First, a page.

MJF 3D Printing vs Injection Moulding

August 3, 2022

Digital Manufacturing is changing the way we think about manufacturing as additive technologies, materials and processes mature.

Injection moulding is regarded as the standard form of manufacturing technology for many plastic components and has been relied upon for many years. It’s a highly mature technology that businesses are very familiar with. Additive Manufacturing (AM) is causing companies to rethink manufacturing processes as they realise 3D printing isn’t just for prototyping. 3D printing is an ideal solution for small batches, complex parts that may require frequent design changes or customisation.

Injection moulding has limitations on design as constructing a mould constricts the geometry of the designs in several crucial ways. Discovering and rectifying any mistakes found in the moulding process will cost time and money. If a part turns out wrong, the mould needs to be completely remade, and chances are an entire batch of parts will need to be scrapped.

Material performance comparison (Injection Moulding vs HP’s Multi Jet Fusion MJF)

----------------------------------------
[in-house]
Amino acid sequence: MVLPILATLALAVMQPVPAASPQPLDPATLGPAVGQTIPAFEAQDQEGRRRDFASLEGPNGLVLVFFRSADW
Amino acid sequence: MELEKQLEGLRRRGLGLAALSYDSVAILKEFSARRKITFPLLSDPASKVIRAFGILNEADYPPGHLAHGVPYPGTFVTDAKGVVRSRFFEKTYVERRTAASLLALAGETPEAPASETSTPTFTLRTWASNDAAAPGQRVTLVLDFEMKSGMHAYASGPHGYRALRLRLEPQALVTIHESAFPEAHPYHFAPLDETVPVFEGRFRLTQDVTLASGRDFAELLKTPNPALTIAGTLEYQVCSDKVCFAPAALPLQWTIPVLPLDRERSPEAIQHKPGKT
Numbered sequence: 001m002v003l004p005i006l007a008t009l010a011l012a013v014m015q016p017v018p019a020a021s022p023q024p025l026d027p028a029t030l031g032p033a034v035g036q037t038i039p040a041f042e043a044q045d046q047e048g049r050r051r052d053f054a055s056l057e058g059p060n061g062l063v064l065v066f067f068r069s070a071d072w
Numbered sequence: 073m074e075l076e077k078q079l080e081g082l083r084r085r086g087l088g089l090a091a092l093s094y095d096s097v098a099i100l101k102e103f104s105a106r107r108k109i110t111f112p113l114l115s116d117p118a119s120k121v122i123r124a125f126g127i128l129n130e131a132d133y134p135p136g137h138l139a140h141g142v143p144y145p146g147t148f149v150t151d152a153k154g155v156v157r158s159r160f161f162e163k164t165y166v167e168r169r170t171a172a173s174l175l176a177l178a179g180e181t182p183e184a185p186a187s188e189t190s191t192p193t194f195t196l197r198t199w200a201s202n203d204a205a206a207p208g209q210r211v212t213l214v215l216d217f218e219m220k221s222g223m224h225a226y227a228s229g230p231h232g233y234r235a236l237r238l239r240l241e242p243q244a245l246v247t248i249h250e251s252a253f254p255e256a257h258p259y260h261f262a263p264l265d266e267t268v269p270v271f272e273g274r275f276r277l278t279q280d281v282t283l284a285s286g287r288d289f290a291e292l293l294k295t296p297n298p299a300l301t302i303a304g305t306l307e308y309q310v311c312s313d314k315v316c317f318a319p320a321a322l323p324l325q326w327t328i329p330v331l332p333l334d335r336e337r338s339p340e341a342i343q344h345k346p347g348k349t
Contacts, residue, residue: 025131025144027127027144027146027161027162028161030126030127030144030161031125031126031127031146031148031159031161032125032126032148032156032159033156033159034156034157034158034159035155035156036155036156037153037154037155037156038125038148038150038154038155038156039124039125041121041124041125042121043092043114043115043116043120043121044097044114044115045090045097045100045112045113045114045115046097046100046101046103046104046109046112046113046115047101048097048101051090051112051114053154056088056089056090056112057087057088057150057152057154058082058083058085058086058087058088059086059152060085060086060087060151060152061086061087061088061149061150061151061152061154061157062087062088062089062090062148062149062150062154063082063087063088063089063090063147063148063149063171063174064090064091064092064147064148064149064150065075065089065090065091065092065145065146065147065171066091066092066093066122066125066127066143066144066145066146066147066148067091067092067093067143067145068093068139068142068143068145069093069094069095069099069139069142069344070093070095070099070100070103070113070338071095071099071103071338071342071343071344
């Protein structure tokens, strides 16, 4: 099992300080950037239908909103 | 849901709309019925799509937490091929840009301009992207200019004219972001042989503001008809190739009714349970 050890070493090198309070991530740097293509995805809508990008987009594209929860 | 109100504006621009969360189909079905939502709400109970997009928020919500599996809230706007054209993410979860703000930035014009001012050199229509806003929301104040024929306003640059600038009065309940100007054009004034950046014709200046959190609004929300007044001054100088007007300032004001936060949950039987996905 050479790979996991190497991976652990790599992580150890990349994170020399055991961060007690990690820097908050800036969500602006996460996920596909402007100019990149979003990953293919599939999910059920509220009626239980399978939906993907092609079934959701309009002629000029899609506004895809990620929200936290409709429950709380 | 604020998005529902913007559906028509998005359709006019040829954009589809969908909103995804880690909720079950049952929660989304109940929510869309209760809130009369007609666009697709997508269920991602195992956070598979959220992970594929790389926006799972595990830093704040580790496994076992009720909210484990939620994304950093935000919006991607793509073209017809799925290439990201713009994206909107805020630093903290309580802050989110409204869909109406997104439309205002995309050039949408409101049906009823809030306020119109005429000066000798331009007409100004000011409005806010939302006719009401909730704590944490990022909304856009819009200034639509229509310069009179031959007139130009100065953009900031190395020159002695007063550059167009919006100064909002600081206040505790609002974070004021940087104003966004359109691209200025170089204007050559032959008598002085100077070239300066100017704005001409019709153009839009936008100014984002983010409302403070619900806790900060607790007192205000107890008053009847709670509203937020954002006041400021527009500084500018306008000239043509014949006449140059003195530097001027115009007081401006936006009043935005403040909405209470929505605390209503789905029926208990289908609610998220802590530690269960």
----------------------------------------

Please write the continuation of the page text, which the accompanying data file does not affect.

*Results dependant on part size

What is Multi Jet Fusion

HP’s Multi Jet Fusion (MJF) is an industrial 3D printing process used for the rapid manufacture of prototypes, and quality production parts. The end-use parts exhibit isotropic properties in all axes, which translates to consistent mechanical properties throughout the part. This results in as printed parts that require little post-processing, and parts exhibit many properties including vibration dampening, durability and water-tightness.

An MJF part is comparable to parts created by injection moulding and is stronger than components created by fused deposition modelling, which is why MJF technology is the 3D printing solution for functional parts in many industries.

Multiple build platforms and ISO-certified processes enable Formero’s MJF printers to run around the clock, 7 days a week. Whether it is one part or one hundred, MJF and Formero enable the production of end-use custom parts in your hands in as little as 2 days.

How does Multi Jet Fusion work?

An MJF printer uses an inkjet array to selectively apply both fusing and detailing agents across a bed of nylon powder. After that, heating elements fuse each layer into a solid, layer by layer until the parts are complete. Completed builds are then moved from the printer to a processing station to be cooled, recycling the loose powder for the next build. De-powdered parts are bead blasted to remove residual powder before post-finishing to customer specifications.


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